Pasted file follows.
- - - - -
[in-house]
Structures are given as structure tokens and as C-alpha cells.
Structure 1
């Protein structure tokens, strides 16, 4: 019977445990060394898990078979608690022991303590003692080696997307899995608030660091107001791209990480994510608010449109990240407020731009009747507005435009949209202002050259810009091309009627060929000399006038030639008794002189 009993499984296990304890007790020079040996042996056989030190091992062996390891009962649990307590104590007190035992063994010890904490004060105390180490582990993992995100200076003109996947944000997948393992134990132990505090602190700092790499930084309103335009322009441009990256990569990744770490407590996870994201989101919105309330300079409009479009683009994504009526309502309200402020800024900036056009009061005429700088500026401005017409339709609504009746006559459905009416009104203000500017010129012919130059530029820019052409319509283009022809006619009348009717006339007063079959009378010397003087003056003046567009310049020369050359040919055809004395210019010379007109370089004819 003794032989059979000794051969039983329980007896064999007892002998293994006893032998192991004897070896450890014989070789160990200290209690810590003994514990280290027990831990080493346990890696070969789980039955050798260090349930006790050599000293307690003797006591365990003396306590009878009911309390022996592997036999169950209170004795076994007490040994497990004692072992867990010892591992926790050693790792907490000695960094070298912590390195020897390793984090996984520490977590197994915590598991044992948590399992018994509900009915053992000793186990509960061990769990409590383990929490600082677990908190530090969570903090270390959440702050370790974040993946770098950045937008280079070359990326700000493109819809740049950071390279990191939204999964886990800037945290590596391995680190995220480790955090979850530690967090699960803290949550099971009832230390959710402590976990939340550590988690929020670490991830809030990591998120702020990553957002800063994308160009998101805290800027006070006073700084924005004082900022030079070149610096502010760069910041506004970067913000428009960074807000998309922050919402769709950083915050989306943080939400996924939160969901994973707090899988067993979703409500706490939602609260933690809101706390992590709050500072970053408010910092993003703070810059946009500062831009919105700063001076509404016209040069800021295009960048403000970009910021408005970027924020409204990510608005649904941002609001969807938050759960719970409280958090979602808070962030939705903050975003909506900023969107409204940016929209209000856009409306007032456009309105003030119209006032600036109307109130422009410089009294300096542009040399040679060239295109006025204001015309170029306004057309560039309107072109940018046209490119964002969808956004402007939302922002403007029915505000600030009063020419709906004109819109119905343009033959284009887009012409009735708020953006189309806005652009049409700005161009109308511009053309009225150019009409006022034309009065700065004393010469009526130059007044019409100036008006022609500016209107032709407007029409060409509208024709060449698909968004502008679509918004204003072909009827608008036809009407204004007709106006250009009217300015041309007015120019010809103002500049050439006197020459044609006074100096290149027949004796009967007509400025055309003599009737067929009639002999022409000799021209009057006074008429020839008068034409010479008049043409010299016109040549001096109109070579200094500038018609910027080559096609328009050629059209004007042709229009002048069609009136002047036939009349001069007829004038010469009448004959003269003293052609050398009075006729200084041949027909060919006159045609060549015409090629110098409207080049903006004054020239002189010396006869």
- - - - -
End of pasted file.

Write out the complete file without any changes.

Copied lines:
[in-house]
Structures are given as structure tokens and as C-alpha cells.
Structure 1
């Protein structure tokens, strides 16, 4: 019977445990060394898990078979608690022991303590003692080696997307899995608030660091107001791209990480994510608010449109990240407020731009009747507005435009949209202002050259810009091309009627060929000399006038030639008794002189 009993499984296990304890007790020079040996042996056989030190091992062996390891009962649990307590104590007190035992063994010890904490004060105390180490582990993992995100200076003109996947944000997948393992134990132990505090602190700092790499930084309103335009322009441009990256990569990744770490407590996870994201989101919105309330300079409009479009683009994504009526309502309200402020800024900036056009009061005429700088500026401005017409339709609504009746006559459905009416009104203000500017010129012919130059530029820019052409319509283009022809006619009348009717006339007063079959009378010397003087003056003046567009310049020369050359040919055809004395210019010379007109370089004819 003794032989059979000794051969039983329980007896064999007892002998293994006893032998192991004897070896450890014989070789160990200290209690810590003994514990280290027990831990080493346990890696070969789980039955050798260090349930006790050599000293307690003797006591365990003396306590009878009911309390022996592997036999169950209170004795076994007490040994497990004692072992867990010892591992926790050693790792907490000695960094070298912590390195020897390793984090996984520490977590197994915590598991044992948590399992018994509900009915053992000793186990509960061990769990409590383990929490600082677990908190530090969570903090270390959440702050370790974040993946770098950045937008280079070359990326700000493109819809740049950071390279990191939204999964886990800037945290590596391995680190995220480790955090979850530690967090699960803290949550099971009832230390959710402590976990939340550590988690929020670490991830809030990591998120702020990553957002800063994308160009998101805290800027006070006073700084924005004082900022030079070149610096502010760069910041506004970067913000428009960074807000998309922050919402769709950083915050989306943080939400996924939160969901994973707090899988067993979703409500706490939602609260933690809101706390992590709050500072970053408010910092993003703070810059946009500062831009919105700063001076509404016209040069800021295009960048403000970009910021408005970027924020409204990510608005649904941002609001969807938050759960719970409280958090979602808070962030939705903050975003909506900023969107409204940016929209209000856009409306007032456009309105003030119209006032600036109307109130422009410089009294300096542009040399040679060239295109006025204001015309170029306004057309560039309107072109940018046209490119964002969808956004402007939302922002403007029915505000600030009063020419709906004109819109119905343009033959284009887009012409009735708020953006189309806005652009049409700005161009109308511009053309009225150019009409006022034309009065700065004393010469009526130059007044019409100036008006022609500016209107032709407007029409060409509208024709060449698909968004502008679509918004204003072909009827608008036809009407204004007709106006250009009217300015041309007015120019010809103002500049050439006197020459044609006074100096290149027949004796009967007509400025055309003599009737067929009639002999022409000799021209009057006074008429020839008068034409010479008049043409010299016109040549001096109109070579200094500038018609910027080559096609328009050629059209004007042709229009002048069609009136002047036939009349001069007829004038010469009448004959003269003293052609050398009075006729200084041949027909060919006159045609060549015409090629110098409207080049903006004054020239002189010396006869």